With all of the news about Leno and O’Brien fighting for time slots on NBC’s nightly post-prime time schedule, their ratings have shot up. But the fight for those slots is tough for NBC to justify since two talk show host did not equal more audience, and left the NBC affiliates and Fallon in the dust. While the ratings have risen temporarily, the overall trends has been a downward spiral. Some of the big beneficiaries have been the blog sites, driving traffic with rumor and speculation on the outcome.With Conan out the door carrying a big wad of cash, he may have lost traction but may have benefited from TV’s inherent problems.

What this fight reminds us of is that television remains the dominant mass medium in the US, and TV ad spending is usually the biggest line item in consumer marketers’ budgets for the reach it delivers. The recession caused marketers to take pause and rethink their spending. The result? TV lost traction. As the economy recovers, Forrester forecasts that TV spending will see a modest recovery in 2010, growing 1% to $69.5 billion. Longer-term, cable TV will recognize the benefits of advanced TV advertising technologies like addressability and interactivity first and will drive the five-year forecast to approach a 4% CAGR. See the detail behind this forecast in our new report, “US TV Ad Spending Forecast, 2009 To 2014” (Forrester client access only).

The longer term tale this battle foreshadows is the one where you can watch Leno, or O’Brien, or get the Top 10 lists from Letterman, on non-broadcast sites like Hulu, or redistributed through Boxee. Then the challenge to the marketers is to evaluate the distribution of their message, not in one inefficient reach vehicle, but for the same or less across a wide variety of end points.


But marketers can’t extract value in multichannel marketing until they can measure it. TV spending is still the biggest above-the-line expense, even as Internet usage increases and mass media audiences fragment. Yet 65% of marketing leaders think Internet measurement is more useful than TV measurement. The ecosystem in measured media — media planning and buying agencies, media companies, and measurement vendors — as well as marketers themselves, has entrenched practices that don’t deliver effective accountability. Change is in the air, as online video sparks the need for interactive measurement practices to start comparing the two media in a way that allows direct comparisons. We believe that the measurement of TV advertising will become more like that of interactive marketing, not the other way around, and as such branding efforts will be held to the stricter accountability that has driven direct marketing spending from the mail and digital eras. Our take on the changes in media measurement are contained in our other “made (mostly) for TV” report, “The Future of Measured Media” that we just published (Forrester client access only)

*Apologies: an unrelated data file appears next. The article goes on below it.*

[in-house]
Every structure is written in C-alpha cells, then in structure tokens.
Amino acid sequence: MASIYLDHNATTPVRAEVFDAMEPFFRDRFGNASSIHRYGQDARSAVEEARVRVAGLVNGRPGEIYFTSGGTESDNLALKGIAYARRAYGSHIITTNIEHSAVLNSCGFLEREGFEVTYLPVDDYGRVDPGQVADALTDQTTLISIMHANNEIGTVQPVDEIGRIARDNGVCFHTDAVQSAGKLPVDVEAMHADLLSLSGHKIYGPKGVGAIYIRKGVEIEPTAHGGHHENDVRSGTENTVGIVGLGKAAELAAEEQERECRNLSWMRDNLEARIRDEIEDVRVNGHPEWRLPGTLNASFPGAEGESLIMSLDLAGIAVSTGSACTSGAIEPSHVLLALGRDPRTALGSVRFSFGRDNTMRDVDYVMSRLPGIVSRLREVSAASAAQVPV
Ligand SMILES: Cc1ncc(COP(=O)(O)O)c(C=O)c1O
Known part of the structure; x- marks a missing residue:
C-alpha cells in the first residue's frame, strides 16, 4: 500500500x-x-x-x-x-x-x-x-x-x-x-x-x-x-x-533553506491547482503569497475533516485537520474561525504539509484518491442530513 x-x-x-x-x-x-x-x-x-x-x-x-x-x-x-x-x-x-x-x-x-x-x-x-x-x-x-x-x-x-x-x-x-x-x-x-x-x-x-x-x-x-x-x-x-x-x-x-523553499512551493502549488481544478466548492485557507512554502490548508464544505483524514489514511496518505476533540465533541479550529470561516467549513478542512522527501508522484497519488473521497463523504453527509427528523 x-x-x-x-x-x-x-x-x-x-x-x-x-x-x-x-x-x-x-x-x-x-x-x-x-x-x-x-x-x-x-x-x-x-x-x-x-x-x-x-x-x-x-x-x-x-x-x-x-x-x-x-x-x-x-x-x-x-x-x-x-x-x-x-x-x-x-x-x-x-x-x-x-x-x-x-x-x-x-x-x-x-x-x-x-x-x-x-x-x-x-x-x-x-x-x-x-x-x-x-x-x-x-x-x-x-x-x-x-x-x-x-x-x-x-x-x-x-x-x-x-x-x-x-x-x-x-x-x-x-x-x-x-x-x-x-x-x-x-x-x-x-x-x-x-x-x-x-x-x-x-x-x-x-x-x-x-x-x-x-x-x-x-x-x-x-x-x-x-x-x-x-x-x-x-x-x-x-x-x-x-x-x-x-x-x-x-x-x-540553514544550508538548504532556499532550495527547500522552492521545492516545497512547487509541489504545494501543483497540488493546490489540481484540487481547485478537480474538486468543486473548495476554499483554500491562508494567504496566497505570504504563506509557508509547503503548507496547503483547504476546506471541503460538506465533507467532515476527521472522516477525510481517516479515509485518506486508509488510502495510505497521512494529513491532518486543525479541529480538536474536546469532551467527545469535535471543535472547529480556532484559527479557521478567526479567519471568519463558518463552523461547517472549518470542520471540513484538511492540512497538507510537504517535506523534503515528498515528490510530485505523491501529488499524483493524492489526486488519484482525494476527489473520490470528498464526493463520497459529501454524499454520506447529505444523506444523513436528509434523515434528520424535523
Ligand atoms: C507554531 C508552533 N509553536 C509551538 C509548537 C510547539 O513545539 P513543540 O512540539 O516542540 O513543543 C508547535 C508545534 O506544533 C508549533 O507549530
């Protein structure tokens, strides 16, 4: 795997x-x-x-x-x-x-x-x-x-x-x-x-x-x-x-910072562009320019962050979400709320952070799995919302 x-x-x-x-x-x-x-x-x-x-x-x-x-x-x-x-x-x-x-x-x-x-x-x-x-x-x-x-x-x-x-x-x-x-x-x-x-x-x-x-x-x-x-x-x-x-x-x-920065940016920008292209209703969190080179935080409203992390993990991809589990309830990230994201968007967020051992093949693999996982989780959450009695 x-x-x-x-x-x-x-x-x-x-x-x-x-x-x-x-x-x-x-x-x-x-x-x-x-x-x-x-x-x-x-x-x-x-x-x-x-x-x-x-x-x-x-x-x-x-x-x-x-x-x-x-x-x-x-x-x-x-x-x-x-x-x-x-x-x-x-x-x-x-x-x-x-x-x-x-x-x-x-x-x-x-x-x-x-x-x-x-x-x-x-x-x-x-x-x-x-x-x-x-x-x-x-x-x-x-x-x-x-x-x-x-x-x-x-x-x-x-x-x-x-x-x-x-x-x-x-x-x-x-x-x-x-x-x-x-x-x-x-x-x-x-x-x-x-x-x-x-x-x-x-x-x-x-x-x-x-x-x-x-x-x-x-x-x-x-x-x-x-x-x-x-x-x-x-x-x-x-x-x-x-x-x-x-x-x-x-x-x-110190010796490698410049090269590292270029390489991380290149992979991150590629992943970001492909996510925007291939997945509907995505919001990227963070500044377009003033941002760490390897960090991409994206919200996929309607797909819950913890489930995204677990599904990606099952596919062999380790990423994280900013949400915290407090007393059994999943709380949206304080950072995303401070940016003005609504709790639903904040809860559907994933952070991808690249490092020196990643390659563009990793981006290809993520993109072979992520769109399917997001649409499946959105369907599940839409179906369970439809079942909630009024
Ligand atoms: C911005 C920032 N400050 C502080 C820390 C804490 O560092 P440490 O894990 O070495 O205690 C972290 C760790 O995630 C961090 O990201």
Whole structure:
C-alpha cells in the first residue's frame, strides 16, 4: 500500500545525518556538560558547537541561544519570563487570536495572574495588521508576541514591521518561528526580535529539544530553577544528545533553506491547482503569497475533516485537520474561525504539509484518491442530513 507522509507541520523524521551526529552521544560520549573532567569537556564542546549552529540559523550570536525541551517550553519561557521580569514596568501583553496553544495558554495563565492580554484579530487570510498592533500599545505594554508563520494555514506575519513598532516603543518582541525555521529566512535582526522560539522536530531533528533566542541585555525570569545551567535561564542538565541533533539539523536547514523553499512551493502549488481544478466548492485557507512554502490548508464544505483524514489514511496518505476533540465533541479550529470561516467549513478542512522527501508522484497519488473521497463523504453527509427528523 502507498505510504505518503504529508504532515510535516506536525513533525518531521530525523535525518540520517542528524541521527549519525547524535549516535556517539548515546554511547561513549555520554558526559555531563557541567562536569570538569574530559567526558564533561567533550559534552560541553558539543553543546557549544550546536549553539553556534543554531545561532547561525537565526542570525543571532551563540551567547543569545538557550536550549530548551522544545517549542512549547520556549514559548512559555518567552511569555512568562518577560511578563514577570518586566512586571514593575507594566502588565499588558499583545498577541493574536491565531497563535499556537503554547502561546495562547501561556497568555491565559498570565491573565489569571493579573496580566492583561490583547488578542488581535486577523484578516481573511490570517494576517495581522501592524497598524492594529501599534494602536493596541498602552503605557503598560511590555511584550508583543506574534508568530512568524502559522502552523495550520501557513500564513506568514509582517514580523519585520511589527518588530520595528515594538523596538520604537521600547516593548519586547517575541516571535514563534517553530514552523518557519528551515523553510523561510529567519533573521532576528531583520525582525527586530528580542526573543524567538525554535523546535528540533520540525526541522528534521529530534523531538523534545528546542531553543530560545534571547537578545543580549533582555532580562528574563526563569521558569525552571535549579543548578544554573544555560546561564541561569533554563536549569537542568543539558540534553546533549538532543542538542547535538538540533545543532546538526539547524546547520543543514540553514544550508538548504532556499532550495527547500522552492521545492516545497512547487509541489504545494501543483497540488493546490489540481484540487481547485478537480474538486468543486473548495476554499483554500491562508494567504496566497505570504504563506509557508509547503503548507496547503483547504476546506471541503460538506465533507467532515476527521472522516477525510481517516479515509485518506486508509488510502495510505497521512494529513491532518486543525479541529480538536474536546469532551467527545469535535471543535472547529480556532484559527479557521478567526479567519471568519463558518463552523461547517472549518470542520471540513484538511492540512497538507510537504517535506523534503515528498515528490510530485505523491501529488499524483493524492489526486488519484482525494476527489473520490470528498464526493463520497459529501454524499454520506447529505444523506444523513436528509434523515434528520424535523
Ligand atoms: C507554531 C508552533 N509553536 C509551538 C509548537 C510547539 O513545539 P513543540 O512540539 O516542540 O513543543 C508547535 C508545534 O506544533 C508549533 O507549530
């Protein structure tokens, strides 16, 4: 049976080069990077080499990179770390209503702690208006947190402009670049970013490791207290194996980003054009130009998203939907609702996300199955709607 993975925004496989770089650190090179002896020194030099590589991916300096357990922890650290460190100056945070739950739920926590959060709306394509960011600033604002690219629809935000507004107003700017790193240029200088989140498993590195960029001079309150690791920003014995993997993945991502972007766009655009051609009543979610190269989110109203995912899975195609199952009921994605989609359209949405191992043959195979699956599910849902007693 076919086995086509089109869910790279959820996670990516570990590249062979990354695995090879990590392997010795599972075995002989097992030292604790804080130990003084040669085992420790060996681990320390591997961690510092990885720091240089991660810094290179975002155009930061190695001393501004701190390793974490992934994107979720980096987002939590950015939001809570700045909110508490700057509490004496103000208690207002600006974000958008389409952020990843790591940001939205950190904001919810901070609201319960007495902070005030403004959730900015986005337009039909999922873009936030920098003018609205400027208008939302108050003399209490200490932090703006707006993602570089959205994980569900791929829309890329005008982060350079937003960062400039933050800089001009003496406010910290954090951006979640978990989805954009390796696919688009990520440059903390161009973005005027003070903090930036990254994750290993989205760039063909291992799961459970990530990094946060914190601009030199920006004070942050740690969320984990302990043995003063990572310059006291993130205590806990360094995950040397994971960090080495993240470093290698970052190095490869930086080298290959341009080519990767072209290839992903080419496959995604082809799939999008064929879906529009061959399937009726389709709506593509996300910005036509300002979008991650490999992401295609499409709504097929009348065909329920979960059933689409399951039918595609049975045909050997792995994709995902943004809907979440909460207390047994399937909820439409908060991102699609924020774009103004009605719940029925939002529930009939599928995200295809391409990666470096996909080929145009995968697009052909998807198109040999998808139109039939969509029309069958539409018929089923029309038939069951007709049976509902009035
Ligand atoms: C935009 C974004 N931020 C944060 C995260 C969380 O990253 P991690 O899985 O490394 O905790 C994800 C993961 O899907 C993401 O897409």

In an upcoming report and speech, we will be reporting on the changes in TV budgets in a joint study we did with the Association of National Advertisers, which I will present at the TV and Everything Video Conference on February 11 at the Marriot Marquis in New York. That will round out our take on the TV landscape circa 2010 and beyond.

What is your take on changing TV landscape? Are you changing your approach to TV advertising? If so, why? If not, why is TV still working for you? Let me know either here or via Twitter @minicooper.